- Telepath Keylogger (Github) — A happy Mac keylogger for Quantified Self purposes. (via Nick Winter)
UK Gov 2.0, Remote Work, Git + App Engine, and Amazon Sells 3D Printer Goodies
- How Geeks Opened up the UK Government (Guardian) — excellent video introduction to how the UK is transforming its civil service to digital delivery. Most powerful moment for me was scrolling through various depts’ web sites and seeing consistent visual design.
- Tools for Working Remotely — Braid’s set of tools (Trello, Hackpad, Slingshot, etc.) for remote software teams.
- Git Push to Deploy on Google App Engine — Enabling this feature will create a remote Git repository for your application’s source code. Pushing your application’s source code to this repository will simultaneously archive the latest the version of the code and deploy it to the App Engine platform.
- Amazon’s 3D Printer Store — printers and supplies. Deeply underwhelming moment of it arriving on the mainstream.
Hacking HTTP Host Headers, Collaborative Coding, Glitch is the Overloaded Essence, and Crazy Culture
- Practical HTTP Host Header Attacks — lots of cleverness like So, to persuade a cache to serve our poisoned response to someone else we need to create a disconnect between the host header the cache sees, and the host header the application sees. In the case of the popular caching solution Varnish, this can be achieved using duplicate Host headers. Varnish uses the first host header it sees to identify the request, but Apache concatenates all host headers present and Nginx uses the last host header.
- Madeye — collaborative code editing inside a Google Hangout. (via Andy Baio)
- Too Momentous for the Medium — Whatever you now find weird, ugly, uncomfortable and nasty about a new medium will surely become its signature. CD distortion, the jitteriness of digital video, the crap sound of 8-bit – all of these will be cherished and emulated as soon as they can be avoided. It’s the sound of failure: so much modern art is the sound of things going out of control, of a medium pushing to its limits and breaking apart. The distorted guitar sound is the sound of something too loud for the medium supposed to carry it. The blues singer with the cracked voice is the sound of an emotional cry too powerful for the throat that releases it. The excitement of grainy film, of bleached-out black and white, is the excitement of witnessing events too momentous for the medium assigned to record them. (Brian Eno’s words)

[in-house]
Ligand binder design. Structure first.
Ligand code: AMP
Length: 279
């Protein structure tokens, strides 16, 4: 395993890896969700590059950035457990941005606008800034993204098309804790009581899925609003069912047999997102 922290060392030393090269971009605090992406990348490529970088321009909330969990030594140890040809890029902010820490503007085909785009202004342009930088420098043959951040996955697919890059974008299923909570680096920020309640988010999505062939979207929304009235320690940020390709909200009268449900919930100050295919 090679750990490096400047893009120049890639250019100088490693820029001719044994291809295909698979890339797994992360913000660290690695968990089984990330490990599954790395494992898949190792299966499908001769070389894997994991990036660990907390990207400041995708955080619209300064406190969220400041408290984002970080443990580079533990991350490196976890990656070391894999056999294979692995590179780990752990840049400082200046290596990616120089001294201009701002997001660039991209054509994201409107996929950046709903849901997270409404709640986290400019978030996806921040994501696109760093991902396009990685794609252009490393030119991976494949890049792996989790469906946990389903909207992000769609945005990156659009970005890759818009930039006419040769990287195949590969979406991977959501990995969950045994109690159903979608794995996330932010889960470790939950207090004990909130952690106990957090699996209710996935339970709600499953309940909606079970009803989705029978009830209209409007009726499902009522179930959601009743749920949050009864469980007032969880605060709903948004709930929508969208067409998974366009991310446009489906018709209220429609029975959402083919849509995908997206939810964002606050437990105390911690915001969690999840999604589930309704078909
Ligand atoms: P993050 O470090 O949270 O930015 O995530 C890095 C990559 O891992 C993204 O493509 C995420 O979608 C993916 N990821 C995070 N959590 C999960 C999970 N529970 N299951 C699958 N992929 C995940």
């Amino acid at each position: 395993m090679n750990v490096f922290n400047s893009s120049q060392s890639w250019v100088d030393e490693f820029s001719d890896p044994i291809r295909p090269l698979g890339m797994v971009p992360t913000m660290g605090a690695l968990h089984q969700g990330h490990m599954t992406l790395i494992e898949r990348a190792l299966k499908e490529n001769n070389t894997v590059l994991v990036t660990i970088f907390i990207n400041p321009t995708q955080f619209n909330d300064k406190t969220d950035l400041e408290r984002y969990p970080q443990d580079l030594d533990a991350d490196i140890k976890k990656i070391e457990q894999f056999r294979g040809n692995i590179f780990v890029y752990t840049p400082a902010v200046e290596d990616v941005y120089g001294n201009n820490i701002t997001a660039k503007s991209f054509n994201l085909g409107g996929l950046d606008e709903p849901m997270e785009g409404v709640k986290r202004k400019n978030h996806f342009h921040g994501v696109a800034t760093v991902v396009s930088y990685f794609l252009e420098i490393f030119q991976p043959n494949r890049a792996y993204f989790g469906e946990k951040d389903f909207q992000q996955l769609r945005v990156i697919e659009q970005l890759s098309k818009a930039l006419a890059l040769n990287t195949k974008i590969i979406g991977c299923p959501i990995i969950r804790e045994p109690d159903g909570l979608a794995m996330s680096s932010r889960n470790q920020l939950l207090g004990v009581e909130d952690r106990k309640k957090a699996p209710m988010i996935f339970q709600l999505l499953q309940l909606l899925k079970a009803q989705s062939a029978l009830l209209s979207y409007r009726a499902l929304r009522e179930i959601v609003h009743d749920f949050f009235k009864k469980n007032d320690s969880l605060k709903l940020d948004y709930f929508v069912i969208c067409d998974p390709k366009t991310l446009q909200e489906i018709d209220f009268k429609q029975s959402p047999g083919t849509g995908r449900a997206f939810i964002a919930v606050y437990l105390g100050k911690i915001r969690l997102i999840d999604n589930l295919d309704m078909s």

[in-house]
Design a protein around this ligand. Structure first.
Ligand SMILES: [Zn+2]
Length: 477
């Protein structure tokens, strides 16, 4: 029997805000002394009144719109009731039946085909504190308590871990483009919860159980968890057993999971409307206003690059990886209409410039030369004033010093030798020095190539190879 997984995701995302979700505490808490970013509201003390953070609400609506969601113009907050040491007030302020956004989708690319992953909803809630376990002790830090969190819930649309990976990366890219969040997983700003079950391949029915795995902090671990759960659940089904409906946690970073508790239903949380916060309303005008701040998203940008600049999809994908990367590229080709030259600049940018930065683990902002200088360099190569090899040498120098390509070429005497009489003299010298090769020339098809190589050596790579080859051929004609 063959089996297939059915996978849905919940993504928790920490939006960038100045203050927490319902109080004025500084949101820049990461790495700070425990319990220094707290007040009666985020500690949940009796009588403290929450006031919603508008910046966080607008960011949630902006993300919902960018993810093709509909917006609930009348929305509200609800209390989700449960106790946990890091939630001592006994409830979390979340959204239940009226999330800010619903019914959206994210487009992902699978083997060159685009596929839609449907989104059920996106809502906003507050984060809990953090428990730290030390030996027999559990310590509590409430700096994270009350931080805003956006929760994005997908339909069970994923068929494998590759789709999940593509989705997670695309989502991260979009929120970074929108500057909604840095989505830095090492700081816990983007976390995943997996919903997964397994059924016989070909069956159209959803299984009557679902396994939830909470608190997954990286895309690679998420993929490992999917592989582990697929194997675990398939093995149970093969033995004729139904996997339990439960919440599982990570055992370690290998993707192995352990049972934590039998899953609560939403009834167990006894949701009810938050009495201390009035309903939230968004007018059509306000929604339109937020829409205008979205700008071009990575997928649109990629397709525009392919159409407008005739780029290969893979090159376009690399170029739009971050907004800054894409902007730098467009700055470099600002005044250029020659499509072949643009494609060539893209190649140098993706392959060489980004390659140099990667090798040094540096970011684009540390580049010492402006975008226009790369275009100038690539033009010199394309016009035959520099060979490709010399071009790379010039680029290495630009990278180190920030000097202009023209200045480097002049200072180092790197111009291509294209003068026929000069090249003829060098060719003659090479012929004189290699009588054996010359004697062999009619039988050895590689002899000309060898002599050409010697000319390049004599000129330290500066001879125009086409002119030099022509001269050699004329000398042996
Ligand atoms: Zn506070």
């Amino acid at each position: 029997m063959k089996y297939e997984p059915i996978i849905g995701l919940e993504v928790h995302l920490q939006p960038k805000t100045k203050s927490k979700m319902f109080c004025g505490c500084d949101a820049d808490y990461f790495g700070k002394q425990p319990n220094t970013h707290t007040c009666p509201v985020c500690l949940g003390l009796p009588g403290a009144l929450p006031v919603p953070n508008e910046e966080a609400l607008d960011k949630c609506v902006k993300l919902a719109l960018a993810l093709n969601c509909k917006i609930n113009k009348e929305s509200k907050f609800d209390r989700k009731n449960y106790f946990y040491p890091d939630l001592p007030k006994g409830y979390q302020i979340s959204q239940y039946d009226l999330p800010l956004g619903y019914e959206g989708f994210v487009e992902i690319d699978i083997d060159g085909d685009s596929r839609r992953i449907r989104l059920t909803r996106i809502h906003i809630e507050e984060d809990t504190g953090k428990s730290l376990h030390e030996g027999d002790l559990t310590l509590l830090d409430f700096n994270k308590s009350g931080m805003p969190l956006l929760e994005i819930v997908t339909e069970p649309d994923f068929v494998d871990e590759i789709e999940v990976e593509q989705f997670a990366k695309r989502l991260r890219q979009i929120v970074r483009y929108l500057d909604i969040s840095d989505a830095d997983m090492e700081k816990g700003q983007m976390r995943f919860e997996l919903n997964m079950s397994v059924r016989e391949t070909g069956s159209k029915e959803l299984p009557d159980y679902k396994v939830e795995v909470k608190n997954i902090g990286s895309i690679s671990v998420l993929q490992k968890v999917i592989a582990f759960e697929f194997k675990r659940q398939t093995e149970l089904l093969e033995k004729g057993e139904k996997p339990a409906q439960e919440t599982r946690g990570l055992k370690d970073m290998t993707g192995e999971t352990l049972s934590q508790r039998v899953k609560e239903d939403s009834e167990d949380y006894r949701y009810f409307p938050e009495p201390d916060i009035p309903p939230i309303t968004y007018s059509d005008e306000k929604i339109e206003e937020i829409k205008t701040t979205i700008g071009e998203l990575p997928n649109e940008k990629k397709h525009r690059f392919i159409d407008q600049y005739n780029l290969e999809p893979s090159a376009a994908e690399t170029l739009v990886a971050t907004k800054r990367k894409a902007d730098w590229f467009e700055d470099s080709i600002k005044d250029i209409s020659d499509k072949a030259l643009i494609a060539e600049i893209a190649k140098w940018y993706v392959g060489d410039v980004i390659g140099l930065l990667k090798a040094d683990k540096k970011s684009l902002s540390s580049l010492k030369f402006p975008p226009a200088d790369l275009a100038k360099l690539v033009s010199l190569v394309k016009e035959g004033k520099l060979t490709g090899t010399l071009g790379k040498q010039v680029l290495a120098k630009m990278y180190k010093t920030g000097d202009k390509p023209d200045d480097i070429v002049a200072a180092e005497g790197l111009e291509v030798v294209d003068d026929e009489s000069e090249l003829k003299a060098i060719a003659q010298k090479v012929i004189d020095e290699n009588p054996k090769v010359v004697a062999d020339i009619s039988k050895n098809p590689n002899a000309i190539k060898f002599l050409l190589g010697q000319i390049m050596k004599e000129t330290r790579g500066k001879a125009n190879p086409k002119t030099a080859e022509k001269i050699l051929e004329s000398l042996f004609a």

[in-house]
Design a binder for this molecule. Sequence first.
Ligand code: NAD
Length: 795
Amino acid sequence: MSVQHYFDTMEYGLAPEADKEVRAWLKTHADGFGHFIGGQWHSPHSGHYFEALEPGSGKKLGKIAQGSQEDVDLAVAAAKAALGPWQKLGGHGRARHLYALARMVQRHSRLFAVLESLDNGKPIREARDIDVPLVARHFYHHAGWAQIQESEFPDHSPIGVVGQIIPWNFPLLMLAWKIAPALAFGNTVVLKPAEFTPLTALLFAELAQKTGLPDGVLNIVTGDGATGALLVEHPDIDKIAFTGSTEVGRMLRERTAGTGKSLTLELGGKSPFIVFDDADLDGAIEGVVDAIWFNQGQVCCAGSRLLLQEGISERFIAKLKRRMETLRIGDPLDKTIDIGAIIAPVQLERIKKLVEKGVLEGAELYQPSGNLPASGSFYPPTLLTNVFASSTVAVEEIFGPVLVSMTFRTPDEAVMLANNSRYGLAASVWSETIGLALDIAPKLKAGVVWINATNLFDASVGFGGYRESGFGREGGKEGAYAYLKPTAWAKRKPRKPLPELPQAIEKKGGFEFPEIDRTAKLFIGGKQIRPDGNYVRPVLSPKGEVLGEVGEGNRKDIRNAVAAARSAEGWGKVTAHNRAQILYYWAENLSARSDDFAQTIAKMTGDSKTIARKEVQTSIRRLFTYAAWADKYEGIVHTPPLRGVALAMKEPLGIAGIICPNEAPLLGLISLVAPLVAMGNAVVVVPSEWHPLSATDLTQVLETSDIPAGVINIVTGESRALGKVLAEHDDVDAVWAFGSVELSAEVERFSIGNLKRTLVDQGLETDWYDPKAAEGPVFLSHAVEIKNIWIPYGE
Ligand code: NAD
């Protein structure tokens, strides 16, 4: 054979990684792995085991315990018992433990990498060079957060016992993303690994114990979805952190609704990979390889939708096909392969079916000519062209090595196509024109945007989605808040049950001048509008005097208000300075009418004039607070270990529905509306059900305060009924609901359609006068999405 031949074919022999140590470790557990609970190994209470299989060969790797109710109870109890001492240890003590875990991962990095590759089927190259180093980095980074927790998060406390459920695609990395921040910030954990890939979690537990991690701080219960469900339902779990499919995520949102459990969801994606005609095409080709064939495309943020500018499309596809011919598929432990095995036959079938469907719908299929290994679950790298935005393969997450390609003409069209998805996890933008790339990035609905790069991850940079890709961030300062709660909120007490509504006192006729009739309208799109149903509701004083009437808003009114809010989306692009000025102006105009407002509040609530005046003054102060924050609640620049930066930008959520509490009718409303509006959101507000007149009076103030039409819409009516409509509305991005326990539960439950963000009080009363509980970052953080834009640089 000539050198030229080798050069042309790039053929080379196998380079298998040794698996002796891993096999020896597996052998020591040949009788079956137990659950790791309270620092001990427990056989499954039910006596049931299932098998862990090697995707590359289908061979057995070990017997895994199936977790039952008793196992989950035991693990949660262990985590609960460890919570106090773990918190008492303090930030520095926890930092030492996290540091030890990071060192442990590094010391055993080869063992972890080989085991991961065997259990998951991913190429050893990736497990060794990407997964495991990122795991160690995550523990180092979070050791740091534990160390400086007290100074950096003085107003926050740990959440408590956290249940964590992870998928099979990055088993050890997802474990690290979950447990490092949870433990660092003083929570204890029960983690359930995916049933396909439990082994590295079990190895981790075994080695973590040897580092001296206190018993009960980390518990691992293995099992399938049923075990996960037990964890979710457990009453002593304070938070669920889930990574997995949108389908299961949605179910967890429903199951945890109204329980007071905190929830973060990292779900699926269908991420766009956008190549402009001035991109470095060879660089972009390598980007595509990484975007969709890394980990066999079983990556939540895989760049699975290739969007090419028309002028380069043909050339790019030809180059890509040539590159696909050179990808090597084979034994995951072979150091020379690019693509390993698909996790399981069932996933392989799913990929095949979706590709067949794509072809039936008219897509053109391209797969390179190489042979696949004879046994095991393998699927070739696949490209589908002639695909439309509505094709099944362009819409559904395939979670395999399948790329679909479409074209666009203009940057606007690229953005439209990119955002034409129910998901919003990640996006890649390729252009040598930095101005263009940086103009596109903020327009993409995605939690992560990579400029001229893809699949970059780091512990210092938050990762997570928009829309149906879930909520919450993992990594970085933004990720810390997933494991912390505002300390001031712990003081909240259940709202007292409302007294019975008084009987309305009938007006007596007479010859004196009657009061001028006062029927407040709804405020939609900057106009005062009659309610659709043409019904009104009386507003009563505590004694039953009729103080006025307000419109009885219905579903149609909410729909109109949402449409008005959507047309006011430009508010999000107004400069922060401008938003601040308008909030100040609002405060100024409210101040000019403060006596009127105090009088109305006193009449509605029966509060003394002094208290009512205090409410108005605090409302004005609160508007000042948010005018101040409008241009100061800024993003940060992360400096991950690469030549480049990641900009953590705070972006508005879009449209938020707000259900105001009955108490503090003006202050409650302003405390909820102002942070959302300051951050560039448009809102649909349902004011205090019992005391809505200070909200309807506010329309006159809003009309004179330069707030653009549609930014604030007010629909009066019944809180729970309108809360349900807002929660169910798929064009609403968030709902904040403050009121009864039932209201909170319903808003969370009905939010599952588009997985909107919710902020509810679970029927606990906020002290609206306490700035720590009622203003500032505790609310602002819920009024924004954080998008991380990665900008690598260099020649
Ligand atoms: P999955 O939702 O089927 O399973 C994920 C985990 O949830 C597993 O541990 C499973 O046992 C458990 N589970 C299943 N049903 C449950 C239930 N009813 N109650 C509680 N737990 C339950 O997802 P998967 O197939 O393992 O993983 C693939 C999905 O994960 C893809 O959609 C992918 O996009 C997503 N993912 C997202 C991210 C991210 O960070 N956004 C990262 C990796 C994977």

- Where the Happy Talk about Corporate Culture is All Wrong (NY Times) — I think there are two types of happiness in a work culture: Human Resources Happy and High Performance Happy. Fast-growth success has everything to do with the latter and nothing to do with the former. Lazy false opposition, and he describes an asshole-rich workplace that would only please a proctologist. (via Sara Winge)
Electric Monks, Moore's Law's Death Spiral, Trafficking Technology, and Product Management
- Automated Essay Grading To Come to EdX (NY Times) — shortly after we get software that writes stories for us, we get software to read them for us.